Every 1st of June, the world gathers to celebrate International Children’s Day. Although it is not an official day registered by the UN or other international organizations, schools around the globe organize unique events for their young students. It is a day filled with dancing, laughter, and singing, providing the perfect opportunity for children to indulge in some candy and enjoy an early dismissal from classes. This exciting moment brings joy to the children and creates heartwarming memories for the adults who once experienced the magic of this day.
Schools play a vital role not only as educational spaces but also as places of community and celebration. They serve as one of the primary environments for children’s development. Many of us can fondly remember our school days and their significant impact on our childhood.
However, it is crucial to recognize that this is not the case universally. The challenge of ensuring inclusive and equitable access to quality education continues to persist, highlighting the need for ongoing efforts to address this issue.
In recent years, various factors have contributed to the persistence of the existing educational challenges. The COVID-19 pandemic, as one of the most recent crises, has profoundly impacted education worldwide. According to the OECD (Organisation for Economic Co-operation and Development), approximately 1.5 billion students were forced to discontinue attending school, significantly disrupting learning. This crisis has highlighted the vulnerability of education systems and the need for resilient solutions.
In addition to the pandemic, other factors such as armed conflicts, political instability, and natural disasters have also caused massive migration movements, further disrupting the educational cycle and limiting access to suitable learning environments.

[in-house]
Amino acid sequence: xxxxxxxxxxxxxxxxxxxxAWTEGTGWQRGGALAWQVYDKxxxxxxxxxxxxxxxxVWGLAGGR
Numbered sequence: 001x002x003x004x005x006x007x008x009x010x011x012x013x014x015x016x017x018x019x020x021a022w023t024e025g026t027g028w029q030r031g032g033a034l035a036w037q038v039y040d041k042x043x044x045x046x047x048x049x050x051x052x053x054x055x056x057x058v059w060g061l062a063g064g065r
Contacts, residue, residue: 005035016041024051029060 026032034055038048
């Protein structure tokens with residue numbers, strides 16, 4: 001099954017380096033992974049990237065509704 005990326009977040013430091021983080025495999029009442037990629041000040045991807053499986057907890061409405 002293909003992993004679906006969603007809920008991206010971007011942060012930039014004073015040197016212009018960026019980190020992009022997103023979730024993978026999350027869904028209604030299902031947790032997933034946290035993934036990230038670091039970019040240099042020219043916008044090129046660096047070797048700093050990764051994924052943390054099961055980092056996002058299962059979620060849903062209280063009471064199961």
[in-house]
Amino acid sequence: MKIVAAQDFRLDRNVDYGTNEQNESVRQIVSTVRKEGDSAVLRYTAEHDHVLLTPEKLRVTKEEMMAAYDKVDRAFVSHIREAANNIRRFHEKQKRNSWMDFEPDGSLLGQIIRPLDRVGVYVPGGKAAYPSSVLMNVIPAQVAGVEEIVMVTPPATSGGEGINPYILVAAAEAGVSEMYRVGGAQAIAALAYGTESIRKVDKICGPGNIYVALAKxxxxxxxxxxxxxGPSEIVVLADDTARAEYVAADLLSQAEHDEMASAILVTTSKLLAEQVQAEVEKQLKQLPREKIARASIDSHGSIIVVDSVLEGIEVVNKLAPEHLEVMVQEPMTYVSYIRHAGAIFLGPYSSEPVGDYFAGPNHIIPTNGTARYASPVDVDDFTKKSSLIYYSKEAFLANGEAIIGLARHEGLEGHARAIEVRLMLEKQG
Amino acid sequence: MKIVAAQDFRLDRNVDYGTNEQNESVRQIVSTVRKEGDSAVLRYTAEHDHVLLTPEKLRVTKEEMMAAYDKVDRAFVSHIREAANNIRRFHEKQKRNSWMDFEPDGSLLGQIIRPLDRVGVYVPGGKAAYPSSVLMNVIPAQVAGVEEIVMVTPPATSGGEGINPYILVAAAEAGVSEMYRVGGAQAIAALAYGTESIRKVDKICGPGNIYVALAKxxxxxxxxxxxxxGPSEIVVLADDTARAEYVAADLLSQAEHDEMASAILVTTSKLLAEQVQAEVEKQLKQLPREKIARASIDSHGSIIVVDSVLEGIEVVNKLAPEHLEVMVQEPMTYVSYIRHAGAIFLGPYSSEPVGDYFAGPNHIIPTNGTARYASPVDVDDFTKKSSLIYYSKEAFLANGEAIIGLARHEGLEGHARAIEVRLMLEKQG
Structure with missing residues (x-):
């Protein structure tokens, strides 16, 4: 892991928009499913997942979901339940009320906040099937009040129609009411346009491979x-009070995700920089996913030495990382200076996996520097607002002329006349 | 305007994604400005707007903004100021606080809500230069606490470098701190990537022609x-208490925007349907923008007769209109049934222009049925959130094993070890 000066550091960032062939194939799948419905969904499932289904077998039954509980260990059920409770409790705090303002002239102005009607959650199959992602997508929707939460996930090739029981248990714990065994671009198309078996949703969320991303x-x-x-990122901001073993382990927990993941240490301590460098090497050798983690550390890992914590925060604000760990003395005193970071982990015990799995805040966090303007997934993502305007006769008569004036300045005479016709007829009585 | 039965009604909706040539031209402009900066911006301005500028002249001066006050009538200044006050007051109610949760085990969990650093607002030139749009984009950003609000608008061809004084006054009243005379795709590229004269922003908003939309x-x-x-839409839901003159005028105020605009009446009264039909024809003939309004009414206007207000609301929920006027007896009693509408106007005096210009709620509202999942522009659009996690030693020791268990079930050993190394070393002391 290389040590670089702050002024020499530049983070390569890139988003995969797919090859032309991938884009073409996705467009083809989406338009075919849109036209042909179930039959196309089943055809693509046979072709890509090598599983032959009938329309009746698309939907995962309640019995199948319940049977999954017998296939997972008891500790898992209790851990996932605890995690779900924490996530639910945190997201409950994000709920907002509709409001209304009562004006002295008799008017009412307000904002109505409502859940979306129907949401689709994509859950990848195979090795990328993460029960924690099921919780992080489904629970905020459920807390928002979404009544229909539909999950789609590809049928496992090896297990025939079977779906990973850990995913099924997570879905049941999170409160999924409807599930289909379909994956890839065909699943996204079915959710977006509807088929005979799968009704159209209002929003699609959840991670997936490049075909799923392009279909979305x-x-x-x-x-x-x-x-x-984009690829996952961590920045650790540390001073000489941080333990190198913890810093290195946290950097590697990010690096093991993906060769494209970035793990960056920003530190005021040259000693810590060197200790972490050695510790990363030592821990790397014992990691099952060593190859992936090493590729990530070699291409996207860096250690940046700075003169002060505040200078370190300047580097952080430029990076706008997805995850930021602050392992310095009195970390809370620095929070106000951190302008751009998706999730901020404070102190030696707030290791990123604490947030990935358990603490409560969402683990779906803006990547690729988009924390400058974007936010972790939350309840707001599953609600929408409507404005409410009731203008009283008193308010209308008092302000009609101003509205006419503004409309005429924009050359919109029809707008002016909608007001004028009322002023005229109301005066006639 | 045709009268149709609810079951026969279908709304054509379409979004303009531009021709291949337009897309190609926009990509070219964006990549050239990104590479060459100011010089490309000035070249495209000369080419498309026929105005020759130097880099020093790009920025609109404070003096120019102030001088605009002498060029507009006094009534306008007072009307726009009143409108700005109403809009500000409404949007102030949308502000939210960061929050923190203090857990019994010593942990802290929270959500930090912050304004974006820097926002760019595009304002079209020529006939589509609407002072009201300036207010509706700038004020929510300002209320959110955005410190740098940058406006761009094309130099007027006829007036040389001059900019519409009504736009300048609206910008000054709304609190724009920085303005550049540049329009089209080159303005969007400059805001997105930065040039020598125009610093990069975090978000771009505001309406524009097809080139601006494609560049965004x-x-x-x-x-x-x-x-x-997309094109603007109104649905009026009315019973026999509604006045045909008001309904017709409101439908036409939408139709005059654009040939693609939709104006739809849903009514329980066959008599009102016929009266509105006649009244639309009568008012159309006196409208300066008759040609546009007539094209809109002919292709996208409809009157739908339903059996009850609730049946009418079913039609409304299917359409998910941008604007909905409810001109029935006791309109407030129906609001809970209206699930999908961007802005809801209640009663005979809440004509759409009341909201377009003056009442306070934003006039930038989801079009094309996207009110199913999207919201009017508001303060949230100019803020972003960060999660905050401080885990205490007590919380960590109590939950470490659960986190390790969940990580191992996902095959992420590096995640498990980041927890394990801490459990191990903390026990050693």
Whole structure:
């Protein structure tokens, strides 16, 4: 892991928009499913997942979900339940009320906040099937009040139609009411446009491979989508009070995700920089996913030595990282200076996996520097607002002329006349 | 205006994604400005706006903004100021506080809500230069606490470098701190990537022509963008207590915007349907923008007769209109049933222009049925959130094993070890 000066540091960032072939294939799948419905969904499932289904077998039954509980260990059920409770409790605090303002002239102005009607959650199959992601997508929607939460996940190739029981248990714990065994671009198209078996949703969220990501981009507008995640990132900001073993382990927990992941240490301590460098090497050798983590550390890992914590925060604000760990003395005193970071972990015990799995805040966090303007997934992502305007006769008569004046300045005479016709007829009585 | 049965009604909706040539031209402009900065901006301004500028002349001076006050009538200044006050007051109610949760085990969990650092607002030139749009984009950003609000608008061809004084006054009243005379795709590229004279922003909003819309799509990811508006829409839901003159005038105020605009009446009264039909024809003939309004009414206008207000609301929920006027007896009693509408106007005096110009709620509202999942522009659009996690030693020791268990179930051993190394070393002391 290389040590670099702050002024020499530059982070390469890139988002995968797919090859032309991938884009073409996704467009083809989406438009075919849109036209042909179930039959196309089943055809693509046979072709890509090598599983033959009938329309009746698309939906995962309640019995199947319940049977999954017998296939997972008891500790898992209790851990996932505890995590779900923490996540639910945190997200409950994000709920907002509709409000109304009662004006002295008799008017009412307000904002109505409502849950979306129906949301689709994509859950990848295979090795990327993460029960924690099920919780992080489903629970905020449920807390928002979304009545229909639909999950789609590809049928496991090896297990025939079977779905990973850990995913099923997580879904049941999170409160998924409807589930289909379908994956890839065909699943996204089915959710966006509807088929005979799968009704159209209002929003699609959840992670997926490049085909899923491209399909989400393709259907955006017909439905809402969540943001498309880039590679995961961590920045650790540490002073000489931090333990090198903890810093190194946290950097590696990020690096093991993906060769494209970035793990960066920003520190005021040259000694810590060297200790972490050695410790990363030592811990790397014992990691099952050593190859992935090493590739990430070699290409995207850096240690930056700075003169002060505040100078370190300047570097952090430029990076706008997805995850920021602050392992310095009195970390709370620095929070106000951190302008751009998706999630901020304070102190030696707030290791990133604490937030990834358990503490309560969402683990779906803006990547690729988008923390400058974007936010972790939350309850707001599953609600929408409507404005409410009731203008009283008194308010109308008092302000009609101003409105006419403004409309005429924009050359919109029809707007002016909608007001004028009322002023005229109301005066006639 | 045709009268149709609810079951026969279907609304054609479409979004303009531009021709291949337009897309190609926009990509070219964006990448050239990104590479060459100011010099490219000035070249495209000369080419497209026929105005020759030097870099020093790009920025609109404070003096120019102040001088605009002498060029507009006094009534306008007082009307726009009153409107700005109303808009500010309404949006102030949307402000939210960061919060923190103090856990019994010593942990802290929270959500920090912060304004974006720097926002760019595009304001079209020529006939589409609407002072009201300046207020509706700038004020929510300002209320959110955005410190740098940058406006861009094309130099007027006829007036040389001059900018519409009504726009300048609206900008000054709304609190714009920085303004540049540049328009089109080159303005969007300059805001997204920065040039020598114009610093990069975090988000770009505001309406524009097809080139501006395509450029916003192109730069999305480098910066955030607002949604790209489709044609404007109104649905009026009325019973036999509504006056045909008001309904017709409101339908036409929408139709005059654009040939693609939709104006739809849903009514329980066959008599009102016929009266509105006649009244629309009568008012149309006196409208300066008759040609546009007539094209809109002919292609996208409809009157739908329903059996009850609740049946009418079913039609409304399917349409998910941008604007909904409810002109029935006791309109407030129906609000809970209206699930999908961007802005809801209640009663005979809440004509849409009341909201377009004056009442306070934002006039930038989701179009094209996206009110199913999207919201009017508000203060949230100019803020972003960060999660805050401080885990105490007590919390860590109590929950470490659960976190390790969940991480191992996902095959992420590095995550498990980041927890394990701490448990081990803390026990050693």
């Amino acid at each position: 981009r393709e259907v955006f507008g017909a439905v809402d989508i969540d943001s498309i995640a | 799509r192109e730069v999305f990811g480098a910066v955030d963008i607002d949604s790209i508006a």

These challenges are just a glimpse of the extensive list of drivers that hinder progress toward achieving the fourth Sustainable Development Goal (SDG) related to education.
However, the most significant obstacle that exacerbates these crises is poverty. As stated by UNICEF, “poverty remains one of the most stubborn barriers” and acts as a pervasive force that permeates other interconnected areas, negatively impacting children’s access to education. Poor infrastructure, inadequate learning materials, the prevalence of diseases, hunger, and child labor are just a few examples of how poverty intertwines with education and creates a vicious cycle of disadvantage. Addressing poverty and its multifaceted effects on education is crucial for breaking the cycle of disadvantage and achieving inclusive and equitable education for all.
But an underlying question remains: where do we start?
Let us start with everything. Access is just as important as quality, and quality is just as important as equity. Recognizing that we have numerous challenges to overcome, it is equally important to acknowledge that we also possess the necessary resources and a global community capable of making a difference.
We can create a transformative impact by comprehensively approaching the challenges of poverty and education and investing in multiple areas simultaneously. It requires a collective effort from governments, international organizations, communities, and individuals to work together towards a common goal of providing inclusive and equitable education for all children, regardless of their socioeconomic background.
Celebrating children inherently involves celebrating the importance of education.